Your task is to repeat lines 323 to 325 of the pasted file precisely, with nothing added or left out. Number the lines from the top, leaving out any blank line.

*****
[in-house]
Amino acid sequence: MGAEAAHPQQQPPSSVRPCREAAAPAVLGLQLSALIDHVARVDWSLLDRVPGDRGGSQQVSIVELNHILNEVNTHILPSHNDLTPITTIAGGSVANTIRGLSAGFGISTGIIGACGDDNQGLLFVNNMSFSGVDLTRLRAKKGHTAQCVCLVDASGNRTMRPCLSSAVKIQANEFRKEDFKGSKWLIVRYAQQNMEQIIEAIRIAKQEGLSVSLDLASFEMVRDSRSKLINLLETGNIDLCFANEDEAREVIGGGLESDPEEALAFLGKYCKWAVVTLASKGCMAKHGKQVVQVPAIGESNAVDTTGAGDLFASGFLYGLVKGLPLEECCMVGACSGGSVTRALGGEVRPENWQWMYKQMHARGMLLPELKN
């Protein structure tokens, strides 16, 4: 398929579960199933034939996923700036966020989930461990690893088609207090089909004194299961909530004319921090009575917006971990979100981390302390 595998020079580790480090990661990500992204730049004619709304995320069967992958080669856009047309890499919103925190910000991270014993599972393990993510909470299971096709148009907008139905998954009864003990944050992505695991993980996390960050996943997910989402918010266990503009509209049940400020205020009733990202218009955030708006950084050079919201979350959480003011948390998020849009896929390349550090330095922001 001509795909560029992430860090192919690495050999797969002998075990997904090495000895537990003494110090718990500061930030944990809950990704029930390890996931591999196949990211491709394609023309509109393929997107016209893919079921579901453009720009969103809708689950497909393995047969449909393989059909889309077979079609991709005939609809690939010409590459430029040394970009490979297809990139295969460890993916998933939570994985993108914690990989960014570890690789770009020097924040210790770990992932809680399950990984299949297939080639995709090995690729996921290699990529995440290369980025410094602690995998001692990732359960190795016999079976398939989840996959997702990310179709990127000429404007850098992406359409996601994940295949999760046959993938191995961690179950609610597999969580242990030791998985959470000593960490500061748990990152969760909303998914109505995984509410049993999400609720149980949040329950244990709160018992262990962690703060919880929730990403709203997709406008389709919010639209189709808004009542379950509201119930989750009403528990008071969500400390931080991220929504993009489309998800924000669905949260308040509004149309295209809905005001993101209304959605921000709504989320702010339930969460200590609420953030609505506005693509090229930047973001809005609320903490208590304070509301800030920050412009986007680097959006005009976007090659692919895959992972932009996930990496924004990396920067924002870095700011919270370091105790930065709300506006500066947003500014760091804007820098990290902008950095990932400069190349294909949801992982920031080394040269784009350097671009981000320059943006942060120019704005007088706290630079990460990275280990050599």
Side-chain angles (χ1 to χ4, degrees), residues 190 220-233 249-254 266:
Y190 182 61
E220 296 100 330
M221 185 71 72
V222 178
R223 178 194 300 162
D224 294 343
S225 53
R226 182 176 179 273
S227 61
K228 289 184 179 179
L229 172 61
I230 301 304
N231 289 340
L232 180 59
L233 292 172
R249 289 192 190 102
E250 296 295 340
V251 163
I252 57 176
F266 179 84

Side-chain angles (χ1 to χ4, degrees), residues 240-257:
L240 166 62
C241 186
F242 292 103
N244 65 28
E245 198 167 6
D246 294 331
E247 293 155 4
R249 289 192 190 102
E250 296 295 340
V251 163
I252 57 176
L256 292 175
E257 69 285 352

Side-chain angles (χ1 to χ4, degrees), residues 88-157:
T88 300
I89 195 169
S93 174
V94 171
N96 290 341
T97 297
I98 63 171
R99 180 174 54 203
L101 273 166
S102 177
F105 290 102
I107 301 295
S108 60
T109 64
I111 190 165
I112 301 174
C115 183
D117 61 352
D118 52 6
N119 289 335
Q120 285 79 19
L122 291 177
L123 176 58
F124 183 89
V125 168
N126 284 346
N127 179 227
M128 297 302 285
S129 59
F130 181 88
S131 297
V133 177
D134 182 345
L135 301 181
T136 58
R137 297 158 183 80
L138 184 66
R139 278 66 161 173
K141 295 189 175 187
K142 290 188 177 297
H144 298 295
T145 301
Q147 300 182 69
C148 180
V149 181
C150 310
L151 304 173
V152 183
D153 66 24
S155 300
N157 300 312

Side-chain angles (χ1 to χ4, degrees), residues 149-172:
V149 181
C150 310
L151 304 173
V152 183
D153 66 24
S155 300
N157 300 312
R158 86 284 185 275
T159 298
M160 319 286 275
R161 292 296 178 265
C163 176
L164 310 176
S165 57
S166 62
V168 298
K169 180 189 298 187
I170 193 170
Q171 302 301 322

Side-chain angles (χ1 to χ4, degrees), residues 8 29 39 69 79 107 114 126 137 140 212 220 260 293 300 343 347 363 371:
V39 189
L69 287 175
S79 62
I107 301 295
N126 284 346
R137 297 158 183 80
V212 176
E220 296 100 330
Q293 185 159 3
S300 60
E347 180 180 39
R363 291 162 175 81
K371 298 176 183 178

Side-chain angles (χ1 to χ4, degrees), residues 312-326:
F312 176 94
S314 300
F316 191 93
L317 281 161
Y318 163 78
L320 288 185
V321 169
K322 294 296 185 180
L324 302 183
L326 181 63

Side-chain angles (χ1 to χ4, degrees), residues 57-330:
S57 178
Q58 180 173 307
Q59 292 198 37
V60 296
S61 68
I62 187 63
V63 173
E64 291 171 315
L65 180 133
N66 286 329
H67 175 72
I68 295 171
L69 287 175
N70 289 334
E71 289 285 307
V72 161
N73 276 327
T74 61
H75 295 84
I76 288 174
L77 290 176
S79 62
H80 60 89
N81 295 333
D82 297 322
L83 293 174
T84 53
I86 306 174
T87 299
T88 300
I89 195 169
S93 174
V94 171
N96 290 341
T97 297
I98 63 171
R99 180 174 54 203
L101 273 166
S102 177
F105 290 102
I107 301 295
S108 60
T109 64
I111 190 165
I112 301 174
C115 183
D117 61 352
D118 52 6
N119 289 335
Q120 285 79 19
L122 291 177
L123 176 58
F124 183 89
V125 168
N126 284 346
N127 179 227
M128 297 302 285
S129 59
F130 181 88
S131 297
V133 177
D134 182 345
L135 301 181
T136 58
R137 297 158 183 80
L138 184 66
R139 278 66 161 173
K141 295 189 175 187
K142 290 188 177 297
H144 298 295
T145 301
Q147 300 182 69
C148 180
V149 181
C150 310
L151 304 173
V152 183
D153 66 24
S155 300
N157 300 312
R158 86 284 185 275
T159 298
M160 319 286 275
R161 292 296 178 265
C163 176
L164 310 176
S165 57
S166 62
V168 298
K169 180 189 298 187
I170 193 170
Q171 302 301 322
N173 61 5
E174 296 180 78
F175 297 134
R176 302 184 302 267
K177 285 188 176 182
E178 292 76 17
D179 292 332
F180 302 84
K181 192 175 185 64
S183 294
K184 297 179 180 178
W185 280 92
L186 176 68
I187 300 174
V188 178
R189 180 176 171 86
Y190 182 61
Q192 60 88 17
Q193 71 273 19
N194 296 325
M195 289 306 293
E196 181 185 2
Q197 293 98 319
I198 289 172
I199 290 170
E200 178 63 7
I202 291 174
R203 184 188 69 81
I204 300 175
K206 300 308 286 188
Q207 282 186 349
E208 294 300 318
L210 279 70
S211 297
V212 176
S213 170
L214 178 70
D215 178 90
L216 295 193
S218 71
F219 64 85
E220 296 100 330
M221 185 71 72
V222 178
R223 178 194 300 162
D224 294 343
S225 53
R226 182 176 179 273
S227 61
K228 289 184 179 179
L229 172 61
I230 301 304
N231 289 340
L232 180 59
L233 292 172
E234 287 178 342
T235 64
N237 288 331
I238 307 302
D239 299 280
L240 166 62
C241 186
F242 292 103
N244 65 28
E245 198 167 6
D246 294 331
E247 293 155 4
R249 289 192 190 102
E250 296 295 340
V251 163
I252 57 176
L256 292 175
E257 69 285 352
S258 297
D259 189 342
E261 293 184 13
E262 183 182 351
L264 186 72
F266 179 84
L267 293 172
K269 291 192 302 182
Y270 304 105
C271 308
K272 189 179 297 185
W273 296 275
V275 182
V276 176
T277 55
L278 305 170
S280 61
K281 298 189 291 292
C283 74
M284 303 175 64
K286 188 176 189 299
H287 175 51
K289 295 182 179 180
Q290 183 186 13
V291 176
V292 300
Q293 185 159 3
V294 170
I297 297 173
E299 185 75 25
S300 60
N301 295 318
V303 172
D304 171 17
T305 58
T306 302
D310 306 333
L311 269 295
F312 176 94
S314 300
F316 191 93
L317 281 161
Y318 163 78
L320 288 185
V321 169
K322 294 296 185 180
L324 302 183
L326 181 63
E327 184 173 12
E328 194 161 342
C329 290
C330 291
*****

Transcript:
H287 175 51
K289 295 182 179 180
Q290 183 186 13